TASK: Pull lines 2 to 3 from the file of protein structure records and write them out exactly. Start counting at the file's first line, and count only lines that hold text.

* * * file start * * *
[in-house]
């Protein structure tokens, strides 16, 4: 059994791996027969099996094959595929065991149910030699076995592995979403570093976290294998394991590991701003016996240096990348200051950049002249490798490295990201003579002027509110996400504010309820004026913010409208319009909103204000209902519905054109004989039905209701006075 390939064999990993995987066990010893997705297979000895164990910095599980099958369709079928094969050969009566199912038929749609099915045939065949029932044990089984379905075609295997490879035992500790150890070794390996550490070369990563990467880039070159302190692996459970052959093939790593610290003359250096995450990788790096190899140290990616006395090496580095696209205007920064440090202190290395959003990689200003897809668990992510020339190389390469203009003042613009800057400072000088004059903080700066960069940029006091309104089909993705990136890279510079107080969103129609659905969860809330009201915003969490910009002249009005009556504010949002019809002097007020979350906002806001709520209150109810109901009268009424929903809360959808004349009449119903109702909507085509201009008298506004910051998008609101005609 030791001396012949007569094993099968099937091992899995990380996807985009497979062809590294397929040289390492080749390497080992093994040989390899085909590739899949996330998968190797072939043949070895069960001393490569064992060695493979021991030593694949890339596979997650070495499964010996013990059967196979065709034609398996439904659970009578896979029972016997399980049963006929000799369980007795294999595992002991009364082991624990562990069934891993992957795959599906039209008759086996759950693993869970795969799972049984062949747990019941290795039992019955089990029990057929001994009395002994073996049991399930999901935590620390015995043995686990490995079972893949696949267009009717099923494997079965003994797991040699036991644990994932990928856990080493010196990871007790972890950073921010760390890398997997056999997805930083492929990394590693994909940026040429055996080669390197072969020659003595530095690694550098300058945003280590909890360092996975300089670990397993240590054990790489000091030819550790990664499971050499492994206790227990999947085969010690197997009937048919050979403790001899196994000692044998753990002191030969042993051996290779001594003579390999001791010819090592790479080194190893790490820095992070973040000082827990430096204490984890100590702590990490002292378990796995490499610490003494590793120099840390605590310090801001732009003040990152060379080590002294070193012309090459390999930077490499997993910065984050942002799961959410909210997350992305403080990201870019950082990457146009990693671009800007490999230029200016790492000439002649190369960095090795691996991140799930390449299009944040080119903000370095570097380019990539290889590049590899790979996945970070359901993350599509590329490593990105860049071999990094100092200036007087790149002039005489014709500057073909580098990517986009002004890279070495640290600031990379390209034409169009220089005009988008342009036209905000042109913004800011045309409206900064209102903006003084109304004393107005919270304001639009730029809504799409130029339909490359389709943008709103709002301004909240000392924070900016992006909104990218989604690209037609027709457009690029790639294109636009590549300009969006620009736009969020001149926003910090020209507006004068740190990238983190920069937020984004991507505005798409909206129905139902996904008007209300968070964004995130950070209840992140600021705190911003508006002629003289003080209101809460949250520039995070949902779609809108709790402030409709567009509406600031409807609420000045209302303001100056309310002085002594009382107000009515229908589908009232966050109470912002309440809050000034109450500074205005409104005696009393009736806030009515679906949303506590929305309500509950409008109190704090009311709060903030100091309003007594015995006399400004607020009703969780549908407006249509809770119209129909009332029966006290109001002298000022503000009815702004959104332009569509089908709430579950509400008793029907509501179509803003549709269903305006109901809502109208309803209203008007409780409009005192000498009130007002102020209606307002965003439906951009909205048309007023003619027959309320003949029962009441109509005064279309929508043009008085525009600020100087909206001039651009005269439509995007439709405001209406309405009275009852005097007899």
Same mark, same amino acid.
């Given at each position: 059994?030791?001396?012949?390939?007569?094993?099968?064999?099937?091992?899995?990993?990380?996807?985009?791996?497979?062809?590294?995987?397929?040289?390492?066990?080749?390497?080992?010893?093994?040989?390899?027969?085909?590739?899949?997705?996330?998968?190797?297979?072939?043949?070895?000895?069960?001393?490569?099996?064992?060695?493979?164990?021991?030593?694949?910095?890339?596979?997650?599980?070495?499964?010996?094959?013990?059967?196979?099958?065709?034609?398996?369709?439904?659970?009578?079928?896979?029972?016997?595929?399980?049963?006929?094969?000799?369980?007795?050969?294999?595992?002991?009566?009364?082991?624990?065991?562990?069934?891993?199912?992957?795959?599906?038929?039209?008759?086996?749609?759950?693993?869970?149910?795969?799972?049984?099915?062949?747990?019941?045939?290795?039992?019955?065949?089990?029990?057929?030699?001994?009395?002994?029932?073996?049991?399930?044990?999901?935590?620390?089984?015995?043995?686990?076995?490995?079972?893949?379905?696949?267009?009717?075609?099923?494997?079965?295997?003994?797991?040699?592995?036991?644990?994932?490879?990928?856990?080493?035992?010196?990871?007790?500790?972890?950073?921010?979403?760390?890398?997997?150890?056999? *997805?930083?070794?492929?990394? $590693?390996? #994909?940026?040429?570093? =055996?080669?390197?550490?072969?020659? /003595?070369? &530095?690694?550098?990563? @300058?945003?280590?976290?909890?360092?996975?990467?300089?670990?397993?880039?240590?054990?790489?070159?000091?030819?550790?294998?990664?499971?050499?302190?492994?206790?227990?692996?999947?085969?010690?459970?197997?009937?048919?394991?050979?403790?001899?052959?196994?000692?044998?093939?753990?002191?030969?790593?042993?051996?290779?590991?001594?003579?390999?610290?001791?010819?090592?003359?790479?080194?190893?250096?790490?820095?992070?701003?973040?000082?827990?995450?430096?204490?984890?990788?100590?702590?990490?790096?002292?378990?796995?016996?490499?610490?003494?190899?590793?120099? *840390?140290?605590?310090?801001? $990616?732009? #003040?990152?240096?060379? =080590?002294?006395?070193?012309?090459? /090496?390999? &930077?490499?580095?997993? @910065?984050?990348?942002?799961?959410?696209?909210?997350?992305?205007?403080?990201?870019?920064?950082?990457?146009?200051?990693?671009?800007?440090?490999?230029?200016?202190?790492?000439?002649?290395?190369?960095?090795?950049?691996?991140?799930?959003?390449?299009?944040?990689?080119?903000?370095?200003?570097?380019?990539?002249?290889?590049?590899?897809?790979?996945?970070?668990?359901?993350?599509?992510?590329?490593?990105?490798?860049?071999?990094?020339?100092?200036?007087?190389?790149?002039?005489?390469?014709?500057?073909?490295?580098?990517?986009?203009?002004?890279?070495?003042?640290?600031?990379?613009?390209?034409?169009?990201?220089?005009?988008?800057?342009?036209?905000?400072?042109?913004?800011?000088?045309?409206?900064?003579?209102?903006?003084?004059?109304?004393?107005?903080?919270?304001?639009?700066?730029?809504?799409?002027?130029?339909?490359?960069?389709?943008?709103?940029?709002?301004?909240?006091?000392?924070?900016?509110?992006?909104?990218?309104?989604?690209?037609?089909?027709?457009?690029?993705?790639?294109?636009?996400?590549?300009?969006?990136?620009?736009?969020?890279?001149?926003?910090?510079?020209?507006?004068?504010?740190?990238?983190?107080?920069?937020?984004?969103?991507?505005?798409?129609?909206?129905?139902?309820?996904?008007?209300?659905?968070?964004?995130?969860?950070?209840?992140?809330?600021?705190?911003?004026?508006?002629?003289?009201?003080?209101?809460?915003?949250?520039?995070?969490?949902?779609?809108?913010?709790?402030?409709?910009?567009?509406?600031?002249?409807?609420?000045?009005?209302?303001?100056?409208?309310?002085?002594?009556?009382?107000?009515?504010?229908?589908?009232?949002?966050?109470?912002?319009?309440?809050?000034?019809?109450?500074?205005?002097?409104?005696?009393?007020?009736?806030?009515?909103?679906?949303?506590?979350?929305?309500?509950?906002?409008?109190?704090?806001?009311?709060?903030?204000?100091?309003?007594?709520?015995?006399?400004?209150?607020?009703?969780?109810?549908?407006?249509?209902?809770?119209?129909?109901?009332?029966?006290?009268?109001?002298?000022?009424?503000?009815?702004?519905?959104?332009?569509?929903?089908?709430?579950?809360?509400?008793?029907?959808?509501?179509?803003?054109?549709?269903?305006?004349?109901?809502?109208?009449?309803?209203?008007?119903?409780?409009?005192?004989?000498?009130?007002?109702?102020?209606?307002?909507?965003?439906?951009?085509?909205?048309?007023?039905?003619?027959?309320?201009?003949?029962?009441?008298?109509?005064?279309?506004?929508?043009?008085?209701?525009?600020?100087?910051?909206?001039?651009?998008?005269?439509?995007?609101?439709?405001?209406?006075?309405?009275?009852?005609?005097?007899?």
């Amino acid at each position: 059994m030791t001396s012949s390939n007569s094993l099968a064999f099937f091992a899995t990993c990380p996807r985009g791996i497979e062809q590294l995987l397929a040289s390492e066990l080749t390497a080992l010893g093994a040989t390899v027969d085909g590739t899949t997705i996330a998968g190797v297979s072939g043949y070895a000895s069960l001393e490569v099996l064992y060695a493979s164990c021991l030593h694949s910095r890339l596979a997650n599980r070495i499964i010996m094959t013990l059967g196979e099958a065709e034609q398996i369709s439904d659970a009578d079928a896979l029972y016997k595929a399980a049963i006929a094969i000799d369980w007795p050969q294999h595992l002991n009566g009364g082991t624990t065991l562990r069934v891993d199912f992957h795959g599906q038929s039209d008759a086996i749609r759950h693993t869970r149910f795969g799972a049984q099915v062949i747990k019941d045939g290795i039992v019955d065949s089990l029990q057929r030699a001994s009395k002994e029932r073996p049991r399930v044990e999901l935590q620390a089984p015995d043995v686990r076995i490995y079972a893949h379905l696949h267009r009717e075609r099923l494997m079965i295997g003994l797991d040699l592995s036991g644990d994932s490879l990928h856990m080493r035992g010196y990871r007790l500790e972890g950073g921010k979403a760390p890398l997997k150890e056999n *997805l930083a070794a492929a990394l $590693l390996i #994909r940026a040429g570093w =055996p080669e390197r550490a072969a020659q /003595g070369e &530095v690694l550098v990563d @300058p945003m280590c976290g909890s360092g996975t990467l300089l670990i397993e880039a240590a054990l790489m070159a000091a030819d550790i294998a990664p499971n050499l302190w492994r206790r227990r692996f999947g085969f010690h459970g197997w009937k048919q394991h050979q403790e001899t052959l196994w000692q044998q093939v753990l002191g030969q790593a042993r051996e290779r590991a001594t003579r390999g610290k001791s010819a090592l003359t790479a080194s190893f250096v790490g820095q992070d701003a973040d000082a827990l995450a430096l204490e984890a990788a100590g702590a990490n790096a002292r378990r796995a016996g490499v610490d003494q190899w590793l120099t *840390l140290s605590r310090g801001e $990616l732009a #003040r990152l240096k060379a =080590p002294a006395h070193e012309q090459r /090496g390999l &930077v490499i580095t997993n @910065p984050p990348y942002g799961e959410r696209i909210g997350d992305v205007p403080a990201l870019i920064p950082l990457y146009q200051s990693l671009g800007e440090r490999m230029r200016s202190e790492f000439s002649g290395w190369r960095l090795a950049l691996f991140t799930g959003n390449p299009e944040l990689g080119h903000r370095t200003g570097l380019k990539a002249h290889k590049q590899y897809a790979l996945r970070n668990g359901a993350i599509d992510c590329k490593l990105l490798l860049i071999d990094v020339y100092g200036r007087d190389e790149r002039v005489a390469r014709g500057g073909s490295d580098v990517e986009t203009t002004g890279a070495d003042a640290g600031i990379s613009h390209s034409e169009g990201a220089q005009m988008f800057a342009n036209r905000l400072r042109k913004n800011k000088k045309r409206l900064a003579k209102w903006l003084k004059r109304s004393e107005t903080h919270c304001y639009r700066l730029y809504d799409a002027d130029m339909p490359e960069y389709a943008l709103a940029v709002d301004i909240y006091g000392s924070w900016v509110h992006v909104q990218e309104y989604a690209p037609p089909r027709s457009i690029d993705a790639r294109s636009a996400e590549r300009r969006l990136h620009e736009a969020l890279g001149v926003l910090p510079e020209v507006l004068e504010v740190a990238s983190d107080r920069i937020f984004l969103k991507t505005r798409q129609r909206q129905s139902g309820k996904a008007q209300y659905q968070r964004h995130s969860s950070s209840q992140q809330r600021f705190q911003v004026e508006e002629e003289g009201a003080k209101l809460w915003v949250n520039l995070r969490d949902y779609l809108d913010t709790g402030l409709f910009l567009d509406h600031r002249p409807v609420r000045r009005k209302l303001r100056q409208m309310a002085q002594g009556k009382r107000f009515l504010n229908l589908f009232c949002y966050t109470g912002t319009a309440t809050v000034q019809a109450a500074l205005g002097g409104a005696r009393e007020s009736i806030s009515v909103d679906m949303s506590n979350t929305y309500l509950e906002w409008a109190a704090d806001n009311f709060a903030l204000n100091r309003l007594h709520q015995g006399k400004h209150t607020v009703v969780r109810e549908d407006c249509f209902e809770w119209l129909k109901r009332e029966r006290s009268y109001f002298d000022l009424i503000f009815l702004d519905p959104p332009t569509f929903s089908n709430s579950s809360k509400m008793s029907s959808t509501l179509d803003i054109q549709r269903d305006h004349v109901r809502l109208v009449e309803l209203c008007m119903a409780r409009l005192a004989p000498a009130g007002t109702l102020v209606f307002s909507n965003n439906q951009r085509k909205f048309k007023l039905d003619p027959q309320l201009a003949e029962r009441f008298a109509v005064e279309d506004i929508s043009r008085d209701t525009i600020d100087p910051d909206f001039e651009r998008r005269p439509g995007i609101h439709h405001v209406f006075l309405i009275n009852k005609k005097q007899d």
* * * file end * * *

């Protein structure tokens, strides 16, 4: 059994791996027969099996094959595929065991149910030699076995592995979403570093976290294998394991590991701003016996240096990348200051950049002249490798490295990201003579002027509110996400504010309820004026913010409208319009909103204000209902519905054109004989039905209701006075 390939064999990993995987066990010893997705297979000895164990910095599980099958369709079928094969050969009566199912038929749609099915045939065949029932044990089984379905075609295997490879035992500790150890070794390996550490070369990563990467880039070159302190692996459970052959093939790593610290003359250096995450990788790096190899140290990616006395090496580095696209205007920064440090202190290395959003990689200003897809668990992510020339190389390469203009003042613009800057400072000088004059903080700066960069940029006091309104089909993705990136890279510079107080969103129609659905969860809330009201915003969490910009002249009005009556504010949002019809002097007020979350906002806001709520209150109810109901009268009424929903809360959808004349009449119903109702909507085509201009008298506004910051998008609101005609 030791001396012949007569094993099968099937091992899995990380996807985009497979062809590294397929040289390492080749390497080992093994040989390899085909590739899949996330998968190797072939043949070895069960001393490569064992060695493979021991030593694949890339596979997650070495499964010996013990059967196979065709034609398996439904659970009578896979029972016997399980049963006929000799369980007795294999595992002991009364082991624990562990069934891993992957795959599906039209008759086996759950693993869970795969799972049984062949747990019941290795039992019955089990029990057929001994009395002994073996049991399930999901935590620390015995043995686990490995079972893949696949267009009717099923494997079965003994797991040699036991644990994932990928856990080493010196990871007790972890950073921010760390890398997997056999997805930083492929990394590693994909940026040429055996080669390197072969020659003595530095690694550098300058945003280590909890360092996975300089670990397993240590054990790489000091030819550790990664499971050499492994206790227990999947085969010690197997009937048919050979403790001899196994000692044998753990002191030969042993051996290779001594003579390999001791010819090592790479080194190893790490820095992070973040000082827990430096204490984890100590702590990490002292378990796995490499610490003494590793120099840390605590310090801001732009003040990152060379080590002294070193012309090459390999930077490499997993910065984050942002799961959410909210997350992305403080990201870019950082990457146009990693671009800007490999230029200016790492000439002649190369960095090795691996991140799930390449299009944040080119903000370095570097380019990539290889590049590899790979996945970070359901993350599509590329490593990105860049071999990094100092200036007087790149002039005489014709500057073909580098990517986009002004890279070495640290600031990379390209034409169009220089005009988008342009036209905000042109913004800011045309409206900064209102903006003084109304004393107005919270304001639009730029809504799409130029339909490359389709943008709103709002301004909240000392924070900016992006909104990218989604690209037609027709457009690029790639294109636009590549300009969006620009736009969020001149926003910090020209507006004068740190990238983190920069937020984004991507505005798409909206129905139902996904008007209300968070964004995130950070209840992140600021705190911003508006002629003289003080209101809460949250520039995070949902779609809108709790402030409709567009509406600031409807609420000045209302303001100056309310002085002594009382107000009515229908589908009232966050109470912002309440809050000034109450500074205005409104005696009393009736806030009515679906949303506590929305309500509950409008109190704090009311709060903030100091309003007594015995006399400004607020009703969780549908407006249509809770119209129909009332029966006290109001002298000022503000009815702004959104332009569509089908709430579950509400008793029907509501179509803003549709269903305006109901809502109208309803209203008007409780409009005192000498009130007002102020209606307002965003439906951009909205048309007023003619027959309320003949029962009441109509005064279309929508043009008085525009600020100087909206001039651009005269439509995007439709405001209406309405009275009852005097007899």
Same mark, same amino acid.